Brown DLD Faculty Guides

Asynchronous Discussions

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Asynchronous discussions offer a robust platform for students to interact with fellow students and faculty. Through your discussion prompts, you can invite students to think through and make meaning of course material, which results in deeper and more sustained learning. In addition, students benefit from seeing how their peers interpret and make sense of the content.

Two options for asynchronous discussions are Canvas Discussions and Ed Discussions.

Purposes of Discussions

With well-designed prompts, asynchronous discussions can:

  • Provide a means for students to apply their learning from lectures, presentations, readings, etc. and foster higher order thinking around the content.
  • Allow students an opportunity to make connections between concepts and to their prior learning and experiences, which results in better retention of material.
  • Offer a way to showcase student artifacts of learning and to gather feedback on their work

Ways to Use Discussions

  • Have students analyze case studies as a group
  • Evaluate and discuss images, videos, or other artifacts
  • Reflect together on a Zoom lecture
  • Engage in conversations about readings and other course materials
  • Pose questions to the instructor and receive feedback

How to Participate in Discussions

  1.  Post a response to the prompt, which will appear parallel to other student responses.
  2.  Reply to individual student posts to target specific responses (thus creating a thread).
  3.  Post a video response instead of text to differentiate it from others and personalize it even more.

Tips for Facilitating Effective Asynchronous Discussions

  • Design prompts that facilitate your learning outcomes. Review your learning goals or outcomes and consider how peer discussion can aid students in reaching these goals.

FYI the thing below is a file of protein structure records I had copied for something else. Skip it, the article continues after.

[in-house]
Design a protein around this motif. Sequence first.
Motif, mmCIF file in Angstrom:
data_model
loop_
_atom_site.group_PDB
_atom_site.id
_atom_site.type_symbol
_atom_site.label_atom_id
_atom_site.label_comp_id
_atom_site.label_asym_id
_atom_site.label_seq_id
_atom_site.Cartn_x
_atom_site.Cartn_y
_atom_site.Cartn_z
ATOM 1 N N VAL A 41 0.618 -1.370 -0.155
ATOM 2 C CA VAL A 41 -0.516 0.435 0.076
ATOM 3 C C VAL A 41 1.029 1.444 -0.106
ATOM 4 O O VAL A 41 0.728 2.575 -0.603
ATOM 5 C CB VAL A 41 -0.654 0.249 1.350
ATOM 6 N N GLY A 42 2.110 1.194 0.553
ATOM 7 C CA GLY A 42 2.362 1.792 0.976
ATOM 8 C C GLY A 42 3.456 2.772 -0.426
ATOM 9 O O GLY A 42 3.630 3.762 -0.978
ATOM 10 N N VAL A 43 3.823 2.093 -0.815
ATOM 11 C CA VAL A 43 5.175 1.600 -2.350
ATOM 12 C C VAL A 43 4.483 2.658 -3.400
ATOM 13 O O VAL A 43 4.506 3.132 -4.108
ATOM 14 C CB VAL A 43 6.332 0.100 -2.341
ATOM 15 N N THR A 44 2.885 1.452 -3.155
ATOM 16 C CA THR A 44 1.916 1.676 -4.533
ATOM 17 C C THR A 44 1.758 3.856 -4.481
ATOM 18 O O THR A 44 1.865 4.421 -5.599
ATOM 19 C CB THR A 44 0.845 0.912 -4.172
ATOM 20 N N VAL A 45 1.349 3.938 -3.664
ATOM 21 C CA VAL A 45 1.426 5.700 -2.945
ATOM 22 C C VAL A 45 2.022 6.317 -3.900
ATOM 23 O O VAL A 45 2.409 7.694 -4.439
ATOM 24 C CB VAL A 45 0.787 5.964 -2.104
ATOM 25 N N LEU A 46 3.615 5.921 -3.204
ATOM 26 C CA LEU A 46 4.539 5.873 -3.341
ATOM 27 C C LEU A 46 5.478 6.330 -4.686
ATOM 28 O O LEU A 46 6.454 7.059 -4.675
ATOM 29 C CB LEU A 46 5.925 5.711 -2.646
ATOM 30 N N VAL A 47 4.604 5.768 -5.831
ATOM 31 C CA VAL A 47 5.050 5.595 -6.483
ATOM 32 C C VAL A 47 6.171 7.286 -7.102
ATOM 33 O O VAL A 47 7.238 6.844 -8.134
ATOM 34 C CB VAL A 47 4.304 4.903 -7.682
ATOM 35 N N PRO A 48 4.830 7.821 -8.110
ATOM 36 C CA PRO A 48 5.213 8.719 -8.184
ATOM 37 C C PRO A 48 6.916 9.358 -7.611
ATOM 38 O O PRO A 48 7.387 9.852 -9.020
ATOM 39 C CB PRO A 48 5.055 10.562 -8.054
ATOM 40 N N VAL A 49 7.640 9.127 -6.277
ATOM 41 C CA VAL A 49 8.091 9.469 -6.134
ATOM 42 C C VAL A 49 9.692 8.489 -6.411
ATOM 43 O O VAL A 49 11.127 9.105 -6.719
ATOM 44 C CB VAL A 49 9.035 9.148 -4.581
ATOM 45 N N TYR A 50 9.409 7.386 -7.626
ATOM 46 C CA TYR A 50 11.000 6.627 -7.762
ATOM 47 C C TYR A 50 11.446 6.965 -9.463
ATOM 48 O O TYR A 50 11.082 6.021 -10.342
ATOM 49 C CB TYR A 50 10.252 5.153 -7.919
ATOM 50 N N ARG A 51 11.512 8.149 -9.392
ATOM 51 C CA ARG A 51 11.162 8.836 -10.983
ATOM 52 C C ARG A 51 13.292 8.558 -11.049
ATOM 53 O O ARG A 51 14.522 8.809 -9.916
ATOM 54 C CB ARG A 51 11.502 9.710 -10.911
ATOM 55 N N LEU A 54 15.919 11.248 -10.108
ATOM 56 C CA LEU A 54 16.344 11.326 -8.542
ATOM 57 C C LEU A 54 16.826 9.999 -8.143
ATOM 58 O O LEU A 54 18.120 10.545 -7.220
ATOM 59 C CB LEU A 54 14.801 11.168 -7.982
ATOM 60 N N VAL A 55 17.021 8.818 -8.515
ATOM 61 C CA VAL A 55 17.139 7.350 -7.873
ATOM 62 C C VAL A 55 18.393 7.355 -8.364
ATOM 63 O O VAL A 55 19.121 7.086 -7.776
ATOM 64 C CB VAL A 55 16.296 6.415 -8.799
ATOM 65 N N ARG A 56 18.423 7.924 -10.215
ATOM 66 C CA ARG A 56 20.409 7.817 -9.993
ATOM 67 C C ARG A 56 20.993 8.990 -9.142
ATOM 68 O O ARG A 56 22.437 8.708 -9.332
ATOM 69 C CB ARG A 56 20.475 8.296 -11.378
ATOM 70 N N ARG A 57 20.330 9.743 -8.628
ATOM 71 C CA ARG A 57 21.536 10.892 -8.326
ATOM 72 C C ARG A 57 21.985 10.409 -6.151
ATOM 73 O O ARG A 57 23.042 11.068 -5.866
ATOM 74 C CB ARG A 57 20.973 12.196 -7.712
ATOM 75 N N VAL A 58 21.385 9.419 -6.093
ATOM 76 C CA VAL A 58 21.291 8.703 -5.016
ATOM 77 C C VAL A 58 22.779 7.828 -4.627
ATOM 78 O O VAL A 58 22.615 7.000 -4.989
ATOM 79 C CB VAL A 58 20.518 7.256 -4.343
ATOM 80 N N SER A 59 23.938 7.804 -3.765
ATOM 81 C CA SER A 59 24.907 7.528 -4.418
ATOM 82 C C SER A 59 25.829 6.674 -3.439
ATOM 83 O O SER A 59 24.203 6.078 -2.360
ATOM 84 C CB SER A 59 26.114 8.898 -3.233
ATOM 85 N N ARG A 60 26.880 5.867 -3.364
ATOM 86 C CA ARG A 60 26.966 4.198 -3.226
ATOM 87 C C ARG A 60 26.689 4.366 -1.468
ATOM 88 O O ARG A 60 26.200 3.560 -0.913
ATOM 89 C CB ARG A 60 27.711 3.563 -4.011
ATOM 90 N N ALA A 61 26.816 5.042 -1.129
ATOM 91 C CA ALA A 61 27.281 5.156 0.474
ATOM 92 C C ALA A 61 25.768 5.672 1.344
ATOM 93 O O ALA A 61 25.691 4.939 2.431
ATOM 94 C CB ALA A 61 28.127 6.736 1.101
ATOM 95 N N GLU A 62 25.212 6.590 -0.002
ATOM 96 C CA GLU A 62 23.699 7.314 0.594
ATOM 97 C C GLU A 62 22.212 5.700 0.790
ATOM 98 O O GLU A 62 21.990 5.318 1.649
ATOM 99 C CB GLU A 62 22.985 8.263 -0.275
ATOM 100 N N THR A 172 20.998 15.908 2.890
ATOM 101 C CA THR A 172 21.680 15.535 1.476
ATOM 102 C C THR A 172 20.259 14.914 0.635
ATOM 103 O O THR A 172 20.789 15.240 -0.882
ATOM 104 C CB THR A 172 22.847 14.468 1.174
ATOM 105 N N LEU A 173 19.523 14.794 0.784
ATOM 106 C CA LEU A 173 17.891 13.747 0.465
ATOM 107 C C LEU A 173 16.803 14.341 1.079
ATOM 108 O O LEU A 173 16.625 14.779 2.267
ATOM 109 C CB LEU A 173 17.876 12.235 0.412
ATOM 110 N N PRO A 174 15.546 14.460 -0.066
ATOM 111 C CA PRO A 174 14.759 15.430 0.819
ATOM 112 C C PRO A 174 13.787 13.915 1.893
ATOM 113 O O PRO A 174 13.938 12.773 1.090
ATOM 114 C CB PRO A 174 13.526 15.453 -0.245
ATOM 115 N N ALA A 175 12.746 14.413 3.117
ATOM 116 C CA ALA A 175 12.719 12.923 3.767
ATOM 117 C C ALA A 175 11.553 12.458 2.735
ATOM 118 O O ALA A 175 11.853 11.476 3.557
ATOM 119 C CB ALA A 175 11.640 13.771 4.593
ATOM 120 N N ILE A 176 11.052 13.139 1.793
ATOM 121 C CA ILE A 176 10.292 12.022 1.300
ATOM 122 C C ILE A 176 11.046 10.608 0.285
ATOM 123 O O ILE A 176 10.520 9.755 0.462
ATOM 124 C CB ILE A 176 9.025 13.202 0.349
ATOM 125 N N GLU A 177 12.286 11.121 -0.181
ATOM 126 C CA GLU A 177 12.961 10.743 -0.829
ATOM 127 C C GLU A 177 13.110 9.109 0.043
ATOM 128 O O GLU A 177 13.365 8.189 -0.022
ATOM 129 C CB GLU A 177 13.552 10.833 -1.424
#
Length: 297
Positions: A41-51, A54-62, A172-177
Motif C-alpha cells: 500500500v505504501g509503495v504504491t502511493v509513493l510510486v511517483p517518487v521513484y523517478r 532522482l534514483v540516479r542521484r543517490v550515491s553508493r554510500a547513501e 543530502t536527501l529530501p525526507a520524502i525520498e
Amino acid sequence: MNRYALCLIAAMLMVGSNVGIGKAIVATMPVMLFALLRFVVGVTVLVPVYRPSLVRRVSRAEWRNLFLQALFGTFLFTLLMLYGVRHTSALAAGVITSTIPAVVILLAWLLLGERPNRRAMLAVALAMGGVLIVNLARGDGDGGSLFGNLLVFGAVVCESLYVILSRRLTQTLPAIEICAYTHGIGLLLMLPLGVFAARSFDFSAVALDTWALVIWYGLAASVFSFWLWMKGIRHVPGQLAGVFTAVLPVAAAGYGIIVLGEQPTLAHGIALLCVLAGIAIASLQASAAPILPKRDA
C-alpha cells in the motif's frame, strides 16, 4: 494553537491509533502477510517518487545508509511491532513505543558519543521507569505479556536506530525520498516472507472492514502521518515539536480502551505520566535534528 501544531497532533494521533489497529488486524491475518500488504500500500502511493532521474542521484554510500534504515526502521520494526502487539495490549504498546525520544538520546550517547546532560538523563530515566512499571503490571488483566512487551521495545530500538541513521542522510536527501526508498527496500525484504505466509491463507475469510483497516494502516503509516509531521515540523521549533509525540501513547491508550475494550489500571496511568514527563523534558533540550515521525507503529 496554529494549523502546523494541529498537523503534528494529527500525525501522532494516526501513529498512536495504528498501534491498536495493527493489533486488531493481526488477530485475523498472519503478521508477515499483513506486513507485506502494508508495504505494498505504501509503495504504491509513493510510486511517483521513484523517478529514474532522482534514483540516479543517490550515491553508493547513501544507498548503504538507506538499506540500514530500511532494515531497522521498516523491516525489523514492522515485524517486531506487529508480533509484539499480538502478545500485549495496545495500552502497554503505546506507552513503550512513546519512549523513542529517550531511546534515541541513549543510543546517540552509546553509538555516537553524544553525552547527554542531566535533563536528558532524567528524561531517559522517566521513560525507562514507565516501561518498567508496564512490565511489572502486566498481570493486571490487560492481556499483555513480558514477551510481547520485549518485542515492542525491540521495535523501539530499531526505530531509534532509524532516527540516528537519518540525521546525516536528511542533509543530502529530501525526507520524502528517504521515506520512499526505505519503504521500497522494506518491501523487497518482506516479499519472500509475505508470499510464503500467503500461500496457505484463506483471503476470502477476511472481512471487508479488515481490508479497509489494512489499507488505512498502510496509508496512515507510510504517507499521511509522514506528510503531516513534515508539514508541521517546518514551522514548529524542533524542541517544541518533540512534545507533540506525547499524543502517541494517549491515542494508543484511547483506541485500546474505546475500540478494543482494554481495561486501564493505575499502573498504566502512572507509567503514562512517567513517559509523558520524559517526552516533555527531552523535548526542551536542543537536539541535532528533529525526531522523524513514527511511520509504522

• Decide on a structure for your discussion. Many class discussions have a tendency to unfold in one of several identified styles, such as “The Eclectic Beaded Necklace,” in the words of one teacher: students post a response to the prompt without necessarily connecting it to preceding responses. You could think of this as a public assignment submission, like a paper, but visible to all in the class, not just the teacher. A more engaged style is “The Whirlpool,” where students circle around a subject, exploring it deeper and deeper. 
  • Maintain instructor presence in discussions. While you do not need to comment on every post (and doing so might detract from a more organic exchange between students), you do want to show students that you are paying attention to their comments. Clarify misconceptions or acknowledge accurate or insightful responses.
  • Use discussion board responses as formative feedback. Monitor the discussions to see what concepts students are understanding well and which material you may need to review or provide additional resources for.
  • Break students into smaller discussion groups in large classes. Keep the conversation focused and more authentic to natural conversation by putting students into smaller groups.
  • Consider assigning roles to students to facilitate more effective discussions. Students benefit from structure especially when they are newly developing a skill. You can assign students to roles that facilitate strong discussions—for example, the initiator, the connector, the synthesizer, and the critic.
  • Provide clear criteria or models of the types of responses you seek. Use a discussion rubric or show exemplars of past responses.

Tips for Providing Feedback on Discussions

  • Provide feedback as soon as possible after the student submission, or after the discussion closes, to show interest in students' work and to keep the exchange between you and the student relevant.
  • Balance suggestions for improvement with affirmations of successes.
  • Be specific and actionable so that students know how your comments can be integrated on future work.
  • Incorporate peer review in select discussions to reduce instructor feedback and diversify feedback.
  • Summarize your takeaways from the discussion through an announcement after the discussion closes or a page placed at the end of the module. Provide these for the benefit of all students, as opposed to individual and personalized feedback in Speedgrader. Alternatively, assign a different team each week the task of summarizing discussion takeaways.
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